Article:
In the wake of no-deal Brexit headaches, a number of international groups ask for advice on cross border transfers and how to make the best decisions when establishing a data center.
If a company locates its data center in a EU country (ie in perspective, not in the UK), the flow of personal data from the EU to UK (which will be considered after Brexit a “third country”) will be authorized only in presence of an adequacy decision of the European Commission or in presence of other safeguards.
The EU Commission at the moment has stated that if it will deem the UK’s level of personal data protection essentially equivalent to that of the EU, it will make an adequacy decision allowing the transfer of personal data to the UK without restrictions. However, the European Commission has not yet indicated a timetable for this and it also stated that the decision on adequacy cannot be taken until UK is a third country.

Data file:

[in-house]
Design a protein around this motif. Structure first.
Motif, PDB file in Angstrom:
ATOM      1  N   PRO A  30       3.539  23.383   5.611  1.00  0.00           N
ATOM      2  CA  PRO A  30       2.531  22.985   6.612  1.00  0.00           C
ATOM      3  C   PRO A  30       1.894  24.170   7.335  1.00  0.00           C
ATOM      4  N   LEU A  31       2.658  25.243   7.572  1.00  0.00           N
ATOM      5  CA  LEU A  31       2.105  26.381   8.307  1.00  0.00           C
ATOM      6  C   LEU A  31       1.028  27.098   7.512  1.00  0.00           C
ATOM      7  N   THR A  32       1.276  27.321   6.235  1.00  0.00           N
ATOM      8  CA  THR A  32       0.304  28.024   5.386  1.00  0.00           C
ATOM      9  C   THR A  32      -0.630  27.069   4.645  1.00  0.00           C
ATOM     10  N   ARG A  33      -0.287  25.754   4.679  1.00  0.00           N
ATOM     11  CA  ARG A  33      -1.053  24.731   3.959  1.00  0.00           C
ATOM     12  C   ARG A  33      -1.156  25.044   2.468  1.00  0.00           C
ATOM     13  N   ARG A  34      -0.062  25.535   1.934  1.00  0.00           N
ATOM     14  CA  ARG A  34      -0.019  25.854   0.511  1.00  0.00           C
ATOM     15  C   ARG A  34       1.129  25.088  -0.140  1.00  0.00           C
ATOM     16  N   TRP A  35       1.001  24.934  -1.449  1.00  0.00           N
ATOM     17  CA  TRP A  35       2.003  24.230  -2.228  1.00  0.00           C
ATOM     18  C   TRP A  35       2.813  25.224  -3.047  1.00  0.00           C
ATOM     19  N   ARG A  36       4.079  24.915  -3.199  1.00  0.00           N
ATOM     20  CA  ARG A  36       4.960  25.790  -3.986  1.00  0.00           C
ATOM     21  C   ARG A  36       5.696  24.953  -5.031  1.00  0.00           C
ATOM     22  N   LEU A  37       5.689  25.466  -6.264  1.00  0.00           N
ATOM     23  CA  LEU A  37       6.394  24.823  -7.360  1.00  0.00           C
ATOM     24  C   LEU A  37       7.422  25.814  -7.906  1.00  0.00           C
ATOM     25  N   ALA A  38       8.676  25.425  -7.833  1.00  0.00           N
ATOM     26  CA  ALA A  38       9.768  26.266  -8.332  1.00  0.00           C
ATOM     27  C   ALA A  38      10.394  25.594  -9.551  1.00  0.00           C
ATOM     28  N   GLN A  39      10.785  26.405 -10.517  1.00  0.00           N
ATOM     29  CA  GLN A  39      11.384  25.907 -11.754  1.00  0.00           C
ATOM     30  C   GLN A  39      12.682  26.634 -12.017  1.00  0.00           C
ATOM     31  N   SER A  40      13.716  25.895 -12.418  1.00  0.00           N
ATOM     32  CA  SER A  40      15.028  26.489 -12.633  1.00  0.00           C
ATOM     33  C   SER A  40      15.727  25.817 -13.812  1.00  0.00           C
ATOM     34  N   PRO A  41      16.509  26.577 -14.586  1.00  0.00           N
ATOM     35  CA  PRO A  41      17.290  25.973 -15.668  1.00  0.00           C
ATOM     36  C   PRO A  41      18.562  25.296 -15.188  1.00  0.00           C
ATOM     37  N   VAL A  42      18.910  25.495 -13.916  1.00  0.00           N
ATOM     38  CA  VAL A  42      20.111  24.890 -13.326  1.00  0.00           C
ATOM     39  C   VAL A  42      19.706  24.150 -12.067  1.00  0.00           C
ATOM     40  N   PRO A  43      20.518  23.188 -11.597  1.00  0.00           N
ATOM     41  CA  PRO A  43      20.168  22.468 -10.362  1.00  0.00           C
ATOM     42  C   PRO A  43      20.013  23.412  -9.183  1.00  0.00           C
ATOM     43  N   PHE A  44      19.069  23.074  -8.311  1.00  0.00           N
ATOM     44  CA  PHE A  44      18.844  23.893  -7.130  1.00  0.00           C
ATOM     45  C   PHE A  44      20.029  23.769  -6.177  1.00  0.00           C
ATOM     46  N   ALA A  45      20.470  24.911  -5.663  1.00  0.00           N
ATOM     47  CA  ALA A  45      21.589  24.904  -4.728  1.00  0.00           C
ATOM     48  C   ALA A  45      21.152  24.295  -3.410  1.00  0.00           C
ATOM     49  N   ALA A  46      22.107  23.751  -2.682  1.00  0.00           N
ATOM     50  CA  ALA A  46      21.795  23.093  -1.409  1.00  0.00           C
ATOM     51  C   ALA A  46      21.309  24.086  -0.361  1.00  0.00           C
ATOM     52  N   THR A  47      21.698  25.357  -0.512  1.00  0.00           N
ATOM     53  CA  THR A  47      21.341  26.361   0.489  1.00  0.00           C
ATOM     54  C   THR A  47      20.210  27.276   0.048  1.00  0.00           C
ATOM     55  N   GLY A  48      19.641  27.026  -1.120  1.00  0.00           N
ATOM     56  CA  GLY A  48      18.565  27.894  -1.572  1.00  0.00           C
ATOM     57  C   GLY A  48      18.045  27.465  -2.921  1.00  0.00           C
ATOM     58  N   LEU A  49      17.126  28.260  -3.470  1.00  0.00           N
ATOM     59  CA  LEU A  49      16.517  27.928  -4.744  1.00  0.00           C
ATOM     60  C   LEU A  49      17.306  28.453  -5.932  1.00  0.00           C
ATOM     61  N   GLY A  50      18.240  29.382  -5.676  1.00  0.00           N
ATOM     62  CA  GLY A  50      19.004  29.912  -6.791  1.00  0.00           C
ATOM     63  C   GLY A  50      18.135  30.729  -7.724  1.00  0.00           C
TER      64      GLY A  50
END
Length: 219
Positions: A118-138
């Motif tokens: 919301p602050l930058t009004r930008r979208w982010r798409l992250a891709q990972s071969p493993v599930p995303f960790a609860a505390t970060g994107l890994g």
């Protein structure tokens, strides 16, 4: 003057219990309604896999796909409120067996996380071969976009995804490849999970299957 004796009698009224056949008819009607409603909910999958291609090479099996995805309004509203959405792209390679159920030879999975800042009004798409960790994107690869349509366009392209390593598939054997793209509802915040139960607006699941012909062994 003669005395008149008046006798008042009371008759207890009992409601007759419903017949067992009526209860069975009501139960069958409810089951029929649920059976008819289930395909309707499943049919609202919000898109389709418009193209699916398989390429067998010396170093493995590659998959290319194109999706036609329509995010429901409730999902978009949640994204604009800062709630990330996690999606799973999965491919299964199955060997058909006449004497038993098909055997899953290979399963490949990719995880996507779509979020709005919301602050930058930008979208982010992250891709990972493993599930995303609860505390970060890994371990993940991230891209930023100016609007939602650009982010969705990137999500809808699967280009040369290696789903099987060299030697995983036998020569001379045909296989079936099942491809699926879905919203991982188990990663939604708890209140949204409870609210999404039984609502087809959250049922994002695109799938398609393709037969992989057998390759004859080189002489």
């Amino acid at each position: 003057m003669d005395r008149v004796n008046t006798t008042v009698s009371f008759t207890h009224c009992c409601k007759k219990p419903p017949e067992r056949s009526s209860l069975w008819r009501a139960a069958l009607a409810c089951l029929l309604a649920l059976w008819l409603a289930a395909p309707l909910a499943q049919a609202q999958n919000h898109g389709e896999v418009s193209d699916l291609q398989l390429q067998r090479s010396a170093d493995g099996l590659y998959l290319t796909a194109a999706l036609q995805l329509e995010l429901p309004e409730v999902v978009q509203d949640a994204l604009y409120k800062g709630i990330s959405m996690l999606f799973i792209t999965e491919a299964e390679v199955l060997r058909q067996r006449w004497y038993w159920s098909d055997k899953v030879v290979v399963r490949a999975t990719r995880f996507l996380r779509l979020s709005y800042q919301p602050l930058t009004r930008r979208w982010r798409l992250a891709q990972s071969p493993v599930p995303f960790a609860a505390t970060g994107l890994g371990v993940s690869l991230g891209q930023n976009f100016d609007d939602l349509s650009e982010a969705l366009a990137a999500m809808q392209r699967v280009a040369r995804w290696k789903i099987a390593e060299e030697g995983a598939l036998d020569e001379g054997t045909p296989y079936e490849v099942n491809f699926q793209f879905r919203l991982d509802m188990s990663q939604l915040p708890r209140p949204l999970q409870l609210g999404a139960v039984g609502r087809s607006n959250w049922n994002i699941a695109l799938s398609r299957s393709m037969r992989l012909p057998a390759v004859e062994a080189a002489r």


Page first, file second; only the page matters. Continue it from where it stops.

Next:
If the European Commission does not make an adequacy decision regarding the UK before or at the moment of exit, a legal basis for transfers from EU to UK must be identified. In this respect it must be noted that European Commission has not yet released the new standard contractual clauses (the clauses released under Directive 95/46 can however still be used) and that the binding corporate rules (“BCR”) must be approved by the competent authority and this approval may take some time.
These two instruments (standard contractual clauses and binding corporate rules), which are the most used for cross border transfers, are different and must be used in different contexts, so the specific situation must be assessed.
Setting up a data center in a EU country rather than in the UK (e.g. in Italy) could have some advantages – the most appropriate instrument for cross border data transfers will then have to be assessed.
Milan, 23 January 2019
This note is for information purposes only and it is not to be intended as legal advice. For any further information or to receive advice tailored to your situation, please contact us.